Breast cancer is most often associated with having a breast lump. However, your symptoms may vary depending on your specific type of breast cancer. While it’s true that many breast cancer patients have a lump, not all of them will. So it’s important to know the other signs and symptoms.
In general, the body produces certain warning signs. The most common is the breast lump, which may be located anywhere along your chest wall to under your armpit. You may have nipple bleeding or discharge, as well as related pain. There may be redness and/or swelling in any area of the breast or in one breast and not the other, and your nipple could look flatter or caved in.
Having some of these symptoms or breast changes doesn’t necessarily mean you have breast cancer. Many other factors go into a diagnosis, not just outward signs.
Early detection of breast cancer is key when it comes to breast cancer treatment options. If you have concerns with any new changes in your breasts, ask your doctor to review your symptoms and determine whether there’s a need for further evaluation.
To help answer your questions on the signs and symptoms to look for with different types of breast cancer, this guide will cover:
- Early warning signs of breast cancer
- Non-invasive breast cancer symptoms
- Invasive breast cancer symptoms
- Inflammatory breast cancer symptoms
- Metastatic breast cancer symptoms
- Papillary carcinoma symptoms
- Symptoms of angiosarcoma of the breast
- Phyllodes tumour symptoms
- Male breast cancer symptoms
- The Breast Cancer Centres at CTCA
A visual guide to early signs and symptoms of breast cancer
Early warning signs of breast cancer
The most common sign of breast cancer that you may notice is a painless lump in your breast, potentially indicating a tumour. But at the time of diagnosis, most women don’t have any apparent signs of breast cancer. Instead, its early signs are discovered on an imaging test. When the tumour is small in the early stages of breast cancer, it’s barely noticeable to the touch or the naked eye. That’s why mammograms play an important role.
Mammograms (low-dose X-rays of the breast) may help detect a tumour in the breast long before it’s big enough to start causing symptoms and when the cancer is likely to be more easily treatable. Tumours may be as small as the tip of a pencil (1 mm) or as big as a lime (50 mm). Mammograms are designed to spot tumours on the smaller end of the spectrum when they can’t yet be seen or felt. Regular mammograms are the most reliable way to catch breast cancer early, according to the American Cancer Society. But mammograms on their own can’t catch every case of breast cancer, which is why it’s important to pay attention to changes in your breasts, because you know your body best.
Symptom of breast tumours vary from person to person. Some common, early warning signs of breast cancer include:
- Skin changes, such as swelling, redness, or other visible differences in one or both breasts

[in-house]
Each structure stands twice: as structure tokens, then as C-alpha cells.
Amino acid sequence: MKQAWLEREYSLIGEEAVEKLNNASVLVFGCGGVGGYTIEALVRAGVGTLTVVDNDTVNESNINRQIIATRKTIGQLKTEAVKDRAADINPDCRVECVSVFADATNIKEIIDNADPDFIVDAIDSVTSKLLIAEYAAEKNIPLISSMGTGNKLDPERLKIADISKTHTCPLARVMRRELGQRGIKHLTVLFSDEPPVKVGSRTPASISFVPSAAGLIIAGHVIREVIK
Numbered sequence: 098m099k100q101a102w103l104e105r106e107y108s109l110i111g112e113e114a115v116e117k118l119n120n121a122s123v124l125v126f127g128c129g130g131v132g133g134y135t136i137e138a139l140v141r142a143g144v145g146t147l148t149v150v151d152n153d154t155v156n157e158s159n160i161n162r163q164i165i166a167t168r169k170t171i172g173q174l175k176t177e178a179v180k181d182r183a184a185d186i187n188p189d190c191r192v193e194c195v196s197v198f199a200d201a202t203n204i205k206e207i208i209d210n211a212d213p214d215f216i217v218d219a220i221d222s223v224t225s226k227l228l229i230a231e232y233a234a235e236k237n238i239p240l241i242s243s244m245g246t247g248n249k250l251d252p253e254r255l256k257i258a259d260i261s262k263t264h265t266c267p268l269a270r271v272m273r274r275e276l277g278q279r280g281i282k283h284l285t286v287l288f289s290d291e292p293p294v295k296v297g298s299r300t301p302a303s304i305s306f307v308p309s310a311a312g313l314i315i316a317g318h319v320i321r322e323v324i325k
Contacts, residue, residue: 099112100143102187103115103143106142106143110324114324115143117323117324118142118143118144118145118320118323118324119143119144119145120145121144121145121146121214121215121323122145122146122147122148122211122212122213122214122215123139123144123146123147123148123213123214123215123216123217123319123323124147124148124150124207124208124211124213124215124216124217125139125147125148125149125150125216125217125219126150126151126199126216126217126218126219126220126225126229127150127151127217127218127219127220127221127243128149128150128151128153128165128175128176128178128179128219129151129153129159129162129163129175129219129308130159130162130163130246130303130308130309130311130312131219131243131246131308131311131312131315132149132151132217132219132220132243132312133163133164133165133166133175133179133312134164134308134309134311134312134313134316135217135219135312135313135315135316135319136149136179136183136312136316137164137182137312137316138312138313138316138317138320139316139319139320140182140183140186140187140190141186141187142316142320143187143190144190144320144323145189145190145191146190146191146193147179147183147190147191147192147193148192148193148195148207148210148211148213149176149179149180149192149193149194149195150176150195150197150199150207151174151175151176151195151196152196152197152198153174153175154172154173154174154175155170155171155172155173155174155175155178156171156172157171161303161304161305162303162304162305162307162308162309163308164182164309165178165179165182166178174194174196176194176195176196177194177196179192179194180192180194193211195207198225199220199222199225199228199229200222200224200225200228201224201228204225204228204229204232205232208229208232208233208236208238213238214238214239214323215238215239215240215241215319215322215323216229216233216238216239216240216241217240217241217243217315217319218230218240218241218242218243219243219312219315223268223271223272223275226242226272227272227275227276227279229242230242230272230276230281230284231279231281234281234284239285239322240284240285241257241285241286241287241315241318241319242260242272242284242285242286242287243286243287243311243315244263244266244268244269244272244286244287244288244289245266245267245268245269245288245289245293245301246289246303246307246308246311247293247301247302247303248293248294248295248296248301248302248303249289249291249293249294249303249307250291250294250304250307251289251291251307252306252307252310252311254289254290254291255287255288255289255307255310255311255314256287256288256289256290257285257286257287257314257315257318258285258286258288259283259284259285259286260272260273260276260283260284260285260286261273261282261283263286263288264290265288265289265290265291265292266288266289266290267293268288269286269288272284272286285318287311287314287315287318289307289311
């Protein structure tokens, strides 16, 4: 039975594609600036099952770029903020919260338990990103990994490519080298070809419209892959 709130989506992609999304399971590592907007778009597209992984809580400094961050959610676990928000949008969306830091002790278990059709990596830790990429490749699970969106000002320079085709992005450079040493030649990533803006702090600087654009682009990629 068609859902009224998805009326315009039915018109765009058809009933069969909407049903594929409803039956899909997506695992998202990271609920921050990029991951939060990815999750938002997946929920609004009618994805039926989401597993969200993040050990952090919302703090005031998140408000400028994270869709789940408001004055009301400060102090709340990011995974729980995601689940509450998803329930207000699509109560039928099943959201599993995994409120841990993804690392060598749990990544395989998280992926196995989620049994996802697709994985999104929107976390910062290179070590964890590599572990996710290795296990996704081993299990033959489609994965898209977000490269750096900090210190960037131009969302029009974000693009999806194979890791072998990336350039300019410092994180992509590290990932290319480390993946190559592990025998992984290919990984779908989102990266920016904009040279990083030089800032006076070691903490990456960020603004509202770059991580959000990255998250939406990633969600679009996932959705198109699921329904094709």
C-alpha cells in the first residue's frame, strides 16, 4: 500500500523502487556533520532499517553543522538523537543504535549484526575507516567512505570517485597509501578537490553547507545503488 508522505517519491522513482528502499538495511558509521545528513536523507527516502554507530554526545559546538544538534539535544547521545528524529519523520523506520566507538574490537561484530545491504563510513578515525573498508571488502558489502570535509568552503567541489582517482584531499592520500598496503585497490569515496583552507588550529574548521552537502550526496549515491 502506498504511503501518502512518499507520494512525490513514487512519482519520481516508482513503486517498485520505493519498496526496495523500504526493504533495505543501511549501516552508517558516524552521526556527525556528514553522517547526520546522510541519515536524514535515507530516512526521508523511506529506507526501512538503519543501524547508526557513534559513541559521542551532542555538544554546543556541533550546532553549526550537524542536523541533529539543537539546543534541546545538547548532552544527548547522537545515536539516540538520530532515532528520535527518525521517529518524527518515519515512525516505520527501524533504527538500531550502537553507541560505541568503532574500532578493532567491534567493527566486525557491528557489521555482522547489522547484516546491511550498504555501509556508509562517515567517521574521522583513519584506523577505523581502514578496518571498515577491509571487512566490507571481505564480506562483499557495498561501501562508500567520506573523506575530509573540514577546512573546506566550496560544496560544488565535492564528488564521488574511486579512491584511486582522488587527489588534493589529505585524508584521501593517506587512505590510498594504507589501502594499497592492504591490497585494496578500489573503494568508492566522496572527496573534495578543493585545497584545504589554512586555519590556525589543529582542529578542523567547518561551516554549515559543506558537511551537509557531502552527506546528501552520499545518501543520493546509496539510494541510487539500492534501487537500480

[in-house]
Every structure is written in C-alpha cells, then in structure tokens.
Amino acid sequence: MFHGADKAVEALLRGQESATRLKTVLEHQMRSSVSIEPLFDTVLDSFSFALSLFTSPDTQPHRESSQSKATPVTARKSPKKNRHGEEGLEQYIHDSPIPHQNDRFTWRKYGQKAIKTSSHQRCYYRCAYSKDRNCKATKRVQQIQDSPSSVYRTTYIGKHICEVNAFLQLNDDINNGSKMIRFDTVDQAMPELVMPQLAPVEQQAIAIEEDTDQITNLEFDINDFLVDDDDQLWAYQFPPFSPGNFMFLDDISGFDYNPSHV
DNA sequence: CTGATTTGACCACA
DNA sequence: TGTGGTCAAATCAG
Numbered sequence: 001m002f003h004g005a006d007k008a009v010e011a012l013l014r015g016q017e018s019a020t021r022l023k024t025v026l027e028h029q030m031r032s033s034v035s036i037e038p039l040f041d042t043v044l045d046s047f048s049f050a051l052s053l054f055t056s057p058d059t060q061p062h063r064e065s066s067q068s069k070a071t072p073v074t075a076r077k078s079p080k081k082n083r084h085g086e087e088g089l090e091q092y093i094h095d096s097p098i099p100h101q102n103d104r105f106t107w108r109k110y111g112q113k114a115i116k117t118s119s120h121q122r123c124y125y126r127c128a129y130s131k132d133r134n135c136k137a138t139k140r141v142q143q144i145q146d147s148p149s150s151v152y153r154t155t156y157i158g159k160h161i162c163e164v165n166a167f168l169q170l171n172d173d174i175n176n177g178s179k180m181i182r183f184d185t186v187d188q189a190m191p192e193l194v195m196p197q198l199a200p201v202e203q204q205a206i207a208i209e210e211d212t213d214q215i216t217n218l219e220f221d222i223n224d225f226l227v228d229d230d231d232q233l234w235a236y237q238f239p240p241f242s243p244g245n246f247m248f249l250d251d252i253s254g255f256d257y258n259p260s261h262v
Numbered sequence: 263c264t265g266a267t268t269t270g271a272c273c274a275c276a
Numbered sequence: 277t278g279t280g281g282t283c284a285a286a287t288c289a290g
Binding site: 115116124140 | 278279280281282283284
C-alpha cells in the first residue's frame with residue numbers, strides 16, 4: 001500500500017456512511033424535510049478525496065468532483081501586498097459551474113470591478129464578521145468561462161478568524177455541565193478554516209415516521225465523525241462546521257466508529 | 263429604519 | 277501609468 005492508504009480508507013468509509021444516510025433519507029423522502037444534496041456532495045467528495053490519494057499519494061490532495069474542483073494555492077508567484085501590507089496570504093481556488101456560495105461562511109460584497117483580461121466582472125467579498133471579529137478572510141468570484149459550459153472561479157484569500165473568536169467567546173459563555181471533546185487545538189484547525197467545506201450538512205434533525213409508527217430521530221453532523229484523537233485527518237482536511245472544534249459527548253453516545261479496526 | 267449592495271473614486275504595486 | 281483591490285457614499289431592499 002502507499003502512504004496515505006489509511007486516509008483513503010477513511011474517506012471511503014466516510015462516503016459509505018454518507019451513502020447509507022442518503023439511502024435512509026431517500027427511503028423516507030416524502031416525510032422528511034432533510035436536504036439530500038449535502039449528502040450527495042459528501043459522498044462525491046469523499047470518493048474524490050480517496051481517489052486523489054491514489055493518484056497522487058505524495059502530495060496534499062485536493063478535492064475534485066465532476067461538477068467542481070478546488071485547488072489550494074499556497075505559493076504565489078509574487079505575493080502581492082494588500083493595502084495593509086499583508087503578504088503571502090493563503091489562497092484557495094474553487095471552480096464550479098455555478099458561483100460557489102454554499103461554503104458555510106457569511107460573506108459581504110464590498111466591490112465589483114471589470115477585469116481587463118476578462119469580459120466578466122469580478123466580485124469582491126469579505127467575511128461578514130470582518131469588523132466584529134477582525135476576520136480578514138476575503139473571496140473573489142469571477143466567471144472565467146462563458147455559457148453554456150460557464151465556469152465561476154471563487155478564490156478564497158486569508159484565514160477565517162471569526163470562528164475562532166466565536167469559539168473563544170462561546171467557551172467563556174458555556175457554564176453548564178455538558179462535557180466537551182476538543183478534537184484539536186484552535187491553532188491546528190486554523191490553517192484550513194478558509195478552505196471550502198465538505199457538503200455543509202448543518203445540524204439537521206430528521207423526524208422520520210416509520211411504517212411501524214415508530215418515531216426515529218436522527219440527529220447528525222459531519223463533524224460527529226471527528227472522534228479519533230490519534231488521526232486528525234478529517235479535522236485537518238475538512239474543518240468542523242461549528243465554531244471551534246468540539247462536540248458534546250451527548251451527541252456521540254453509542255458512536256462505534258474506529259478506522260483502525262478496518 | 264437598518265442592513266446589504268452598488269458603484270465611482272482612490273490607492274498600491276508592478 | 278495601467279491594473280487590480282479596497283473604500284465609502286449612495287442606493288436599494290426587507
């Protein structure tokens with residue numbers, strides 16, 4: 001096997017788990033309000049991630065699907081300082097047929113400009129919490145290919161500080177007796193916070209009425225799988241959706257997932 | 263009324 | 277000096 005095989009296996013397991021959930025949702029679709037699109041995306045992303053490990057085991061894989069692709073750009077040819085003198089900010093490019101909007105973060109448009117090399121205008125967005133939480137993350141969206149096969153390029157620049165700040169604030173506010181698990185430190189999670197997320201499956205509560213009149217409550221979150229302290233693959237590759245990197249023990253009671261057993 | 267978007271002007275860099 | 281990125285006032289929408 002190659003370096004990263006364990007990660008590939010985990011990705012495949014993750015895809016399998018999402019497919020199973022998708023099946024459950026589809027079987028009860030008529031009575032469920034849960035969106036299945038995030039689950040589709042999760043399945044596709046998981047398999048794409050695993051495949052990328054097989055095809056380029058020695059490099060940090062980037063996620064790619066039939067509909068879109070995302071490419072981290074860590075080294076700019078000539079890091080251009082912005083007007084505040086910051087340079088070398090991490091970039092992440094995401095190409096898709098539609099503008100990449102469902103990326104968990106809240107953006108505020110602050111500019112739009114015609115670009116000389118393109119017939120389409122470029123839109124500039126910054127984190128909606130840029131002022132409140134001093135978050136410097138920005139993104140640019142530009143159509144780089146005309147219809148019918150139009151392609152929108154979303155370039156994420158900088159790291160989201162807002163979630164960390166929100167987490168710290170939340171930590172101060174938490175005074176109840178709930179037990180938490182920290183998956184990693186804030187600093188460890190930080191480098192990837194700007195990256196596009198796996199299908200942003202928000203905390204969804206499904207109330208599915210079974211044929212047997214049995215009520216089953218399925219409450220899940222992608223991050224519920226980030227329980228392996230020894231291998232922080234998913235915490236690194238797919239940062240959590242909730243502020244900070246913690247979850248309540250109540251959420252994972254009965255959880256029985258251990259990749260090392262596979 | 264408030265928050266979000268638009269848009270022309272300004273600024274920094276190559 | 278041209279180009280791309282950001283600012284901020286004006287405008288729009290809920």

- An increase in size or change in shape of the breast(s)
- Changes in the appearance of one or both nipples
- Nipple discharge other than breast milk
- General pain in/on any part of the breast
- Lumps or nodes felt on or inside of the breast
Early warning signs of invasive breast cancer
Symptoms more specific to invasive breast cancer are:
- Irritated or itchy breasts
- Change in breast colour
- Increase in breast size or shape (over a short period of time)
- Changes in touch (may feel hard, tender, or warm)
- Peeling or flaking of the nipple skin
- A breast lump or thickening
- Redness or pitting of the breast skin (like the skin of an orange)
It’s important to remember that other, benign conditions may have caused these changes. For example, changes to the skin texture on the breast may be caused by a skin condition like eczema, and swollen lymph nodes may be caused by an infection in the breast or another, unrelated illness. Seeing a doctor for an evaluation will help you determine whether something you notice is cause for concern.
Non-invasive breast cancer symptoms
Non-invasive breast cancer is sometimes called stage 0 cancer. It is an early stage of breast cancer, meaning the tumour is often very small. Given that the primary symptom of breast cancer is an abnormal lump in the breast and non-invasive breast cancer usually comes with a tumour that’s so small it’s only detectable by a mammogram, non-invasive breast cancer is unlikely to cause noticeable physical symptoms.
Ductal carcinoma symptoms
Ductal carcinoma in situ (DCIS) does not cause any symptoms. Rarely, a woman may feel a lump in the breast or have nipple discharge. However, most cases of DCIS are detected with a mammogram.
Lobular carcinoma symptoms
Lobular carcinoma in situ (LCIS) does not cause symptoms and cannot be seen with a mammogram. This condition is usually found when a doctor is doing a breast biopsy for another reason, such as to investigate an unrelated breast lump. If a person has LCIS, the breast cells will appear abnormal under a microscope.
Invasive breast cancer symptoms
Most breast cancers start in the ducts, or the tubes that carry milk to the nipple, or in the lobules, the little clusters of sacs where breast milk is made. Invasive breast cancer refers to breast cancer that spreads from the original site to other areas of the breast, the lymph nodes or elsewhere in the body. In these cancers that form in the ducts or lobules, invasive ductal carcinoma (IDC) or invasive lobular carcinoma (ILC), the cancer spreads from the ducts or lobules to other tissue. Depending on the stage, you may notice symptoms.
Invasive breast cancer symptoms may include:
- A lump or mass in the breast
- Swelling of all or part of the breast, even if no lump is felt
- Skin irritation or dimpling
- Breast or nipple pain
- Nipple retraction (turning inward)
- The nipple or breast skin appears red, scaly, or thickened
- Nipple discharge
- A lump or swelling in the underarm lymph nodes